Michel's ability to build a classical menu considering taste, texture and balance is genius. In fact, he has refined it to such an art, that you may not even see this, so subtle it is. The first five courses were fish or shellfish, each one building upon the last. The quality and freshness of the fish and shellfish were pristine, as one would expect for a 3*. Then came the venison, which was the most "delicious" eating of all courses, and a good portion, extremely tender and flavourful, on a flawless sauce.
Two desserts, both brilliant. The current pastry chef came from Japan, two years ago, if I remember correctly. I was surprised to see rhubarb, as I associate it only with Spring, not Autumn. But, once I tasted it, I understood - long thin strips were dried, and surrounded rhubarb granite, a combination of crispy and sweet, and then topped with tarragon ice cream, it was a hit of sweet, tart, and herbal - absolute heaven in the mouth after a long session of eating. The next dessert was equally light and uplifting - a Chartreuse sabayon, with blackberries and yogurt. This is another example of how brilliantly the menu has been composed.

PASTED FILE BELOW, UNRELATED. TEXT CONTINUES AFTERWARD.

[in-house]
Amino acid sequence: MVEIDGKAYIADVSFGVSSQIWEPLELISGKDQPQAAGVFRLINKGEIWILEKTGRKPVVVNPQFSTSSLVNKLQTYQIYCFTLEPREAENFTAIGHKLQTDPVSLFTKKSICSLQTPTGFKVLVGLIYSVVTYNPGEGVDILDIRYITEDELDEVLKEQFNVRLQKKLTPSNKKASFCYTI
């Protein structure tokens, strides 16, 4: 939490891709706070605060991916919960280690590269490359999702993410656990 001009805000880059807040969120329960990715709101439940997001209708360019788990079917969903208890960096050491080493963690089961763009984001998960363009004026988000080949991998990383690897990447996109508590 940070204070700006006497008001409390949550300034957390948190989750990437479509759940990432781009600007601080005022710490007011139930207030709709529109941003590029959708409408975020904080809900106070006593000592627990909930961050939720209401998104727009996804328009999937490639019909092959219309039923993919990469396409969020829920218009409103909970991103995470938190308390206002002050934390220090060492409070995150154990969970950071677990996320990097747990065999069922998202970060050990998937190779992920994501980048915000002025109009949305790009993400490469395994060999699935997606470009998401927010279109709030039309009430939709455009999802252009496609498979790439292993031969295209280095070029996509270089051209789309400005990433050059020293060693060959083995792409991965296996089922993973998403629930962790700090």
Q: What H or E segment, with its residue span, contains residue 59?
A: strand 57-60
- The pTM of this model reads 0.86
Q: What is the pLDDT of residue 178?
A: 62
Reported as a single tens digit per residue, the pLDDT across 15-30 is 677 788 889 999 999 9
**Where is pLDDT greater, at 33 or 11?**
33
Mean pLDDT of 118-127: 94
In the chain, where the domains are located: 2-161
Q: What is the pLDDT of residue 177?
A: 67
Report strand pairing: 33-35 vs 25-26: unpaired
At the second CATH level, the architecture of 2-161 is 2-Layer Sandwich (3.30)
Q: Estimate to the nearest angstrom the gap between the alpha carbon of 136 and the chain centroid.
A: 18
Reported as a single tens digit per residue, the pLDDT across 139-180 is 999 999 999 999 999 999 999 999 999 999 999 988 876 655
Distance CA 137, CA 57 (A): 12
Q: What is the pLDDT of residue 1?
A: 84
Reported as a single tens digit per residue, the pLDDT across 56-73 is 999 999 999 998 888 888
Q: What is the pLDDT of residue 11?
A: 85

Here was the menu "Un jour en Octobre" on that day:
To begin, many creative starters, including his trademark crunchy caramelized cherry tomatoes. Wonderful breads and sweet butter.
*Mackerel with apple and basil gelee.
When this dish was set down the aroma of basil was incredible. The fish was raw and pristine - I am ruined forever.
*Oysters and cepes in a very umami broth. This dish had the most Asian taste.
*Mussels and girolles with saffron, under a milk-skin ravioli. One of his most inventive dishes, I thought, and the milk-skin is one of his signature recipes.
*Saint-Pierre with muscat grapes, sauce of Ranfio-Cino. With aigre-doux acidity, this is another signature flavour.
*Saint-Jacques with a tooth-some caramelized bottom. Perfectly cooked, with wonderful contrast of textures.
*Noisettes of venison with gremolata. Again, some acidity to balance richness.
* Bon fromages. Excellent selection and choices, of course. Served with a sweet-tart tomato jam and nut bread.
* Rhubarb and tarragon dessert.
* Chartreuse sabayon, blackberries and yogurt.
The mignardises were six large decadent perfect creations of pastry, chocolate, fruit. This last impression was wickedly good - but we had to eat them fast, as our train was arriving! They have this lunch timed to within minutes of the 4:17 train back to Lyon!
We were pleasantly full afterwards, but not in distress. I thought the portion sizes were perfect, and I did love the clarity of each dish - each one was so well constructed, there was no confusion of tastes or flavours, and each one built upon the last and the next to come.